Tearing plastic bags or plastic tablecloths from a roll in order to use them is prohibited by Torah law. Similarly, tearing toilet paper in order to use it is prohibited by Torah law. Some maintain that tearing along the perforations is also a transgression of the melakha of Meĥatekh. Tearing toilet paper with a shinui is a rabbinic transgression. At a time of need, such as in order to avoid serious embarrassment, the Sages permit violating their ordinances. Therefore, one who finds himself in a situation where he cannot wipe himself without tearing toilet paper may tear it in order to preserve his dignity. He should do so with a shinui, such as using his elbows to pull the paper from the roll. He should be careful not to tear along the perforations (SA 312:1; MB ad loc. 12; SSK 23:19; Orĥot Shabbat 11:40).

If a book has some uncut pages, it is forbidden by Torah law to cut them on Shabbat. If the pages were cut properly, but they became stuck together by a stray bit of glue, they may be separated; this is because they were stuck together accidentally, with no intent of permanent attachment (MA 340:18; MB ad loc. 45). One may not pull apart tissues that were not cut properly and thus are still partially joined together at some points.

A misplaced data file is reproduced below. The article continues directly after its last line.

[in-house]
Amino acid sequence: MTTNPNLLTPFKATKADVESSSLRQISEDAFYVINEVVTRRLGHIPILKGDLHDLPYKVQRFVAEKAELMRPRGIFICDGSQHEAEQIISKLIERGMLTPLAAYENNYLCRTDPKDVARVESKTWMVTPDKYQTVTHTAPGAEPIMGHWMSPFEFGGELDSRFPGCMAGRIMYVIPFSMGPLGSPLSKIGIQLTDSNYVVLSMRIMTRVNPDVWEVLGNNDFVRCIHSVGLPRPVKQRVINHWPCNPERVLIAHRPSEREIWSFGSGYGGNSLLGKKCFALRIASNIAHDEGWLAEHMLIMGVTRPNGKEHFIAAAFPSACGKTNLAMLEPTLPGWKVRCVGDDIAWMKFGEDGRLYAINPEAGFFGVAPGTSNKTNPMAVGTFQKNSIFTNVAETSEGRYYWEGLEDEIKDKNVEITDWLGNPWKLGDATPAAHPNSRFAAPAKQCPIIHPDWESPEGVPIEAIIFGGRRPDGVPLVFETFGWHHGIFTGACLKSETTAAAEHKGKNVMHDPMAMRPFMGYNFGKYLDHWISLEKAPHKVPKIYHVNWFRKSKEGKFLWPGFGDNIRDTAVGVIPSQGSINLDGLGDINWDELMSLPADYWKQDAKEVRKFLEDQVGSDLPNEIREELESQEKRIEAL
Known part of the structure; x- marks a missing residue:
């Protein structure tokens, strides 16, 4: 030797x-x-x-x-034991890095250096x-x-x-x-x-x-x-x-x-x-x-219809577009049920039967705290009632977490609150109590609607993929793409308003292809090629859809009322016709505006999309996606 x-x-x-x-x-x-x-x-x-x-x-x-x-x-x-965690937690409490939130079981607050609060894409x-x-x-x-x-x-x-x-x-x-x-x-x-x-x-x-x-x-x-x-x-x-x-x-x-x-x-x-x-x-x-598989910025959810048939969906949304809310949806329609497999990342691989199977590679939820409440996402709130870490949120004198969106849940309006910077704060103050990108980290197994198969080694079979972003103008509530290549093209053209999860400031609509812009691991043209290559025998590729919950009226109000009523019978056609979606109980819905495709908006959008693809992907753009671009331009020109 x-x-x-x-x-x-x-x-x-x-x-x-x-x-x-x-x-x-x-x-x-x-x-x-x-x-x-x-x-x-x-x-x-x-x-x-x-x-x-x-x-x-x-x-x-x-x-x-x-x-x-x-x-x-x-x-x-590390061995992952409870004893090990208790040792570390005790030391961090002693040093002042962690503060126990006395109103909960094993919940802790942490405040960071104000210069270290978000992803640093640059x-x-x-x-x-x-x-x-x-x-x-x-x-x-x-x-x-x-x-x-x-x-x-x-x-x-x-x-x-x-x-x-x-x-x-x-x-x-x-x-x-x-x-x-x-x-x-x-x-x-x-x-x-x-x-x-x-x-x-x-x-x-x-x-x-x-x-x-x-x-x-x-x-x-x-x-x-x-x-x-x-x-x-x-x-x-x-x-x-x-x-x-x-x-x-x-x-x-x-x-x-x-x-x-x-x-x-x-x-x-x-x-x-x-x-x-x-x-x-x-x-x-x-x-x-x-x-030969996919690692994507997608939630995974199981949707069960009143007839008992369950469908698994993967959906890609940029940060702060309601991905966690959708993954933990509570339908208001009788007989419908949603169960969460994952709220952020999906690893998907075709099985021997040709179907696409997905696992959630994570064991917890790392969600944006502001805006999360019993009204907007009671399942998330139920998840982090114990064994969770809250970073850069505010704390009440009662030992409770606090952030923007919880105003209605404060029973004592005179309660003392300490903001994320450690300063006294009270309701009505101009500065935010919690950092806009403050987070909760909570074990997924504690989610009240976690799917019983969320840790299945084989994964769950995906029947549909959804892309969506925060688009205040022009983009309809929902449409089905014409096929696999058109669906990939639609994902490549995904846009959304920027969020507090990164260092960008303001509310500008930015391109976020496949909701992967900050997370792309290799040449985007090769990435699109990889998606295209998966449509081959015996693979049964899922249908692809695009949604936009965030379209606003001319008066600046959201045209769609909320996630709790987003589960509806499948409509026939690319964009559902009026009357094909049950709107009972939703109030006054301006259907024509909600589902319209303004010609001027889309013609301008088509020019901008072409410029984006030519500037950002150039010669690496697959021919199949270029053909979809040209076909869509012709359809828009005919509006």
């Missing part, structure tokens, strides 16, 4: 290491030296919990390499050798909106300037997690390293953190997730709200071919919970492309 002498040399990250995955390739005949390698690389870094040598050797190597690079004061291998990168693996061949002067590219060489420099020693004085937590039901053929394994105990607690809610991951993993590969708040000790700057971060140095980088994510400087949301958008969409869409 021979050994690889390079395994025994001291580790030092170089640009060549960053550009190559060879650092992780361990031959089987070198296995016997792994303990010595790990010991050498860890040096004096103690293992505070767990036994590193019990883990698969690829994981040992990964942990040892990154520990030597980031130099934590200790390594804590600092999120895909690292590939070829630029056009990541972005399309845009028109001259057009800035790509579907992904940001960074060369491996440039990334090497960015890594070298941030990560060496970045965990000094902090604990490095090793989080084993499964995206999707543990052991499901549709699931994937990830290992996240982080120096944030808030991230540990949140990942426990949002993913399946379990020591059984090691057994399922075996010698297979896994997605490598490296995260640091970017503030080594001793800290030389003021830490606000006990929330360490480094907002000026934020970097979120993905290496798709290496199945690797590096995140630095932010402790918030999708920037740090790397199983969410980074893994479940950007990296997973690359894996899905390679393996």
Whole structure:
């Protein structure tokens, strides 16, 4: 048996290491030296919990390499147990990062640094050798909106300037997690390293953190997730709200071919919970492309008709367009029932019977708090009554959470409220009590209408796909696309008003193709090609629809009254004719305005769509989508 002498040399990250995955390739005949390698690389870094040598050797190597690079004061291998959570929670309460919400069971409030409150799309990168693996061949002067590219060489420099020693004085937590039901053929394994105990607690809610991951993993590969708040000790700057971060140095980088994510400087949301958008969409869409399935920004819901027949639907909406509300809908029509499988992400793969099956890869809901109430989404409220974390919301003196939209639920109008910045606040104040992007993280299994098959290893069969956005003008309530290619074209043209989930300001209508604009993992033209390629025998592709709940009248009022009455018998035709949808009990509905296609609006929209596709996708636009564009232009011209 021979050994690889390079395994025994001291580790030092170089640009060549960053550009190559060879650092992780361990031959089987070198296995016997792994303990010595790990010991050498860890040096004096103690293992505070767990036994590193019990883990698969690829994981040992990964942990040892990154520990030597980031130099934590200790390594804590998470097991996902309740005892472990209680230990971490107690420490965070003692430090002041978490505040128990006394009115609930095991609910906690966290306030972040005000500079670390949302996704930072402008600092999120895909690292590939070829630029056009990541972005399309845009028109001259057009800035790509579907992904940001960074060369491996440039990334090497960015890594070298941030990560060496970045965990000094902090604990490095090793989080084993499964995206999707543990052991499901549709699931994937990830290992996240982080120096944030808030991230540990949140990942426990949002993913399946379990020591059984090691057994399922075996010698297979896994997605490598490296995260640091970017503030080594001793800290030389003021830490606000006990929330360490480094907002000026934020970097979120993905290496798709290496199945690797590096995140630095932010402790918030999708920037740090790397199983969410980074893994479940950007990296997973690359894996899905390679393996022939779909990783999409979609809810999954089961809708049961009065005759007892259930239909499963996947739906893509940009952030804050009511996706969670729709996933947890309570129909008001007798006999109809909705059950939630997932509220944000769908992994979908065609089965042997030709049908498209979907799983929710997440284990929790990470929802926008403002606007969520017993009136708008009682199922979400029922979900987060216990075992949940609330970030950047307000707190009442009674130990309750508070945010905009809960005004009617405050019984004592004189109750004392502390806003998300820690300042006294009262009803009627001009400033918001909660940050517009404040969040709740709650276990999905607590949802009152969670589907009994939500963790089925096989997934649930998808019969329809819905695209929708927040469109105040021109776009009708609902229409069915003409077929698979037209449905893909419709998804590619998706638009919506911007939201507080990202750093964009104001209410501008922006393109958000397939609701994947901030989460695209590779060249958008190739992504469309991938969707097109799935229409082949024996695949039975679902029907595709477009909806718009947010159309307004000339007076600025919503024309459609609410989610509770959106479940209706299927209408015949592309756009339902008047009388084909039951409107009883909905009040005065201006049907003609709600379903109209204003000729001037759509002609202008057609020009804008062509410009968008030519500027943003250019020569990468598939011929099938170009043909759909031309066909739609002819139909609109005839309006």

Just as attaching papers or pieces of cloth is a tolada of Tofer, separating these attached items is a tolada of Kore’a. Therefore, one may not separate pages that were stapled together. Similarly, one may not tear out a page from a writing pad.

One may tear open a bag containing food, just as one may peel an orange in order to eat it. This is because the tearing or peeling is not for the sake of the bag or the peel, but in order to eat what is inside. Similarly, one may open the top of a bag of sugar that is glued shut. Some are stringent and do not allow this, but the lenient position is the primary one (below 15:12).

If one did not manage to remove the manufacturer’s tags from a new item of clothing before Shabbat, he may cut the plastic thread connecting it to the garment on Shabbat; the tags are only loosely attached to the clothing and thus are not considered sewn to it.[8]